“Obviously,” said T’ang, “in this country, the wealthy and powerful do not need to ride on horses, for they can move about on these convenient clouds. But one thing I do not understand — why is this man’s cloud mysteriously covered by a red silk cloth?”
“The fact is,” said Toh, lowering his voice so he could not be heard except by the two friends, “this man, like too many other people with lots of money and a high social position, has a cloud of a bad color. His cloud is not exactly one of those horrible clouds of dark nothingness. But his cloud is the color of charcoal and ashes. This means he is not completely bad, but it does mean — as we like to say — that his hands are not so clean as they ought to be.”
“In other words,” said Lin, “he is not exactly a wicked person, but he most certainly is not a good person.”
“That is a good way of putting it,” said Toh. “His cloud takes on the color of his inmost mind. He is not a good man, and so his cloud a bad color. He tries to cover up his bad-colored cloud with red silk, but red silk does not change the color of his cloud. Nothing will change the color of his cloud until his heart becomes good again, until all his actions are once again good. But still, he covers his cloud with red silk, because at least that way no one is quite sure just how bad he really is.”
“How unjust this is!” cried Lin.
“But why do you think this is unjust?” asked T’ang.
“It is unjust that these clouds exist only here, in the Land of the Great,” said Lin. “It would be very useful if we had these clouds in our own nation, for if every wicked person rode about upon a marker of their wickedness, why, that would make good people’s lives easier.”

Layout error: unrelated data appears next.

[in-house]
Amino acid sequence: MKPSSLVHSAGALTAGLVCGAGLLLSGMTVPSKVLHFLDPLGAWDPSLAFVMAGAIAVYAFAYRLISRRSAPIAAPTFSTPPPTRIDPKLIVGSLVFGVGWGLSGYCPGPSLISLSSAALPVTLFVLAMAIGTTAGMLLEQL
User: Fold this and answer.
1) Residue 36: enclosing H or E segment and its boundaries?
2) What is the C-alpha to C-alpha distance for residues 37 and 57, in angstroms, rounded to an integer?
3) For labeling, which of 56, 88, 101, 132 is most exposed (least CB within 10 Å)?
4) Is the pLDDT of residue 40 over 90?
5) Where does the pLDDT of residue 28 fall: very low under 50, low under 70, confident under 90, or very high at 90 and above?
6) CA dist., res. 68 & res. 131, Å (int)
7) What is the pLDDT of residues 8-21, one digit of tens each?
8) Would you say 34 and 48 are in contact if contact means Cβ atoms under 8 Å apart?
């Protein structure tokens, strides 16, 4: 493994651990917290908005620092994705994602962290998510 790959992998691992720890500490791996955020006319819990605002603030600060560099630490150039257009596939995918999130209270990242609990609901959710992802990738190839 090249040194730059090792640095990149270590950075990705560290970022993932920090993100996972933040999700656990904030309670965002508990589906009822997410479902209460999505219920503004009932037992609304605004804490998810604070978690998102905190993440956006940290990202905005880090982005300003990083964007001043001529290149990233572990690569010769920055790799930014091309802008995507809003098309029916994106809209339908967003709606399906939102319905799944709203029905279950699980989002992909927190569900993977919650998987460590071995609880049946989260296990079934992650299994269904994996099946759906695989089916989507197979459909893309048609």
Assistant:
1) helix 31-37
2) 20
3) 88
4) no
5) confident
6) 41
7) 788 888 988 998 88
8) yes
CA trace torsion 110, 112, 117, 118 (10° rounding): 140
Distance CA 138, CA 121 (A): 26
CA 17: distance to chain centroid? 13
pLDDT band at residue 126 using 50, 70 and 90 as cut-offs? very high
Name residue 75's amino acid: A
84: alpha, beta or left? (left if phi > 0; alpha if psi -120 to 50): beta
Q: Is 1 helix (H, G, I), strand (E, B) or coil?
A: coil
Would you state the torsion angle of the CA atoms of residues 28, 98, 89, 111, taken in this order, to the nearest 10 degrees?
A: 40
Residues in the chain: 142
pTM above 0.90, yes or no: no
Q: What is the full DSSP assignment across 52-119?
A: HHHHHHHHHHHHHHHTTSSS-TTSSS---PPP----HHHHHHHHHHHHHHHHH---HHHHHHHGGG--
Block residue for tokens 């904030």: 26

“My dear friend,” said Toh, “though wicked people in our nation do not ride about on colored clouds, nevertheless you can tell from a person’s looks what the color of their heart is. Someone with a bright, shining look in their eyes surely must have a rainbow-colored heart. And we all know people who have a blankness in their looks that shows an emptiness in their hearts.”
“That may be so,” answered Lin, “but I for one have been fooled by a person’s looks. I would rather we could see the color of the cloud they ride about on.”
The story comes from the Chinese novel Ching Jua Yuan, which was written in the 17th century by Li Ju-chen, and is “an allegoric romance in total support of Confucian morality and Taoist wisdom” (C. T. Hsia, “The Scholar-Novelist and Chinese Culture: A Re-appraisal of Ching Hua Yuan,” in Chinese Novel: Critical and Theoretical Essays, ed. Andrew H. Plaks [Princeton University, 2014], p. 266). As such, it is a useful source for portraying to children Confucian ideals of morality. Young T’ang Ao and his friend Lin grow disgusted with the state of morals in their own country; and so they go on visits to other nations, where they find strange peoples who are in some sense more moral than in their own country.
Some scholars have seen this novel as a satire of the position of women in traditional Chinese society (for one such interpretation see Lin Yutang’s Feminist Thought in Ancient China, 1935). I have included a second episode from the novel (see no. 3 below) that gives some taste of that possibility. If, in the episode above, there is little evidence of any feminist inclination, it is important to know that that inclination does exist elsewhere in the novel. Thus, while the novel may support traditional Confucian morality, there existed more than one interpretation of that traditional morality; and this particular interpretation of Confucianism was more progressive in its attitudes towards women than others.
In addition to the Confucian component, there is also a strong Taoist component to the novel. Toh Chiu-kung, for example, becomes a wise elder to the two young men: “He is in one sense almost co-eval with the Yellow Emperor and certainly enjoys the free and easy wandering of Chuang Tzu and Lieh Tzu” (C. T. Hsia, p. 278). Toh, the guide, is a sort of Taoist sage-figure, guiding the two younger men on their visits to strange nations.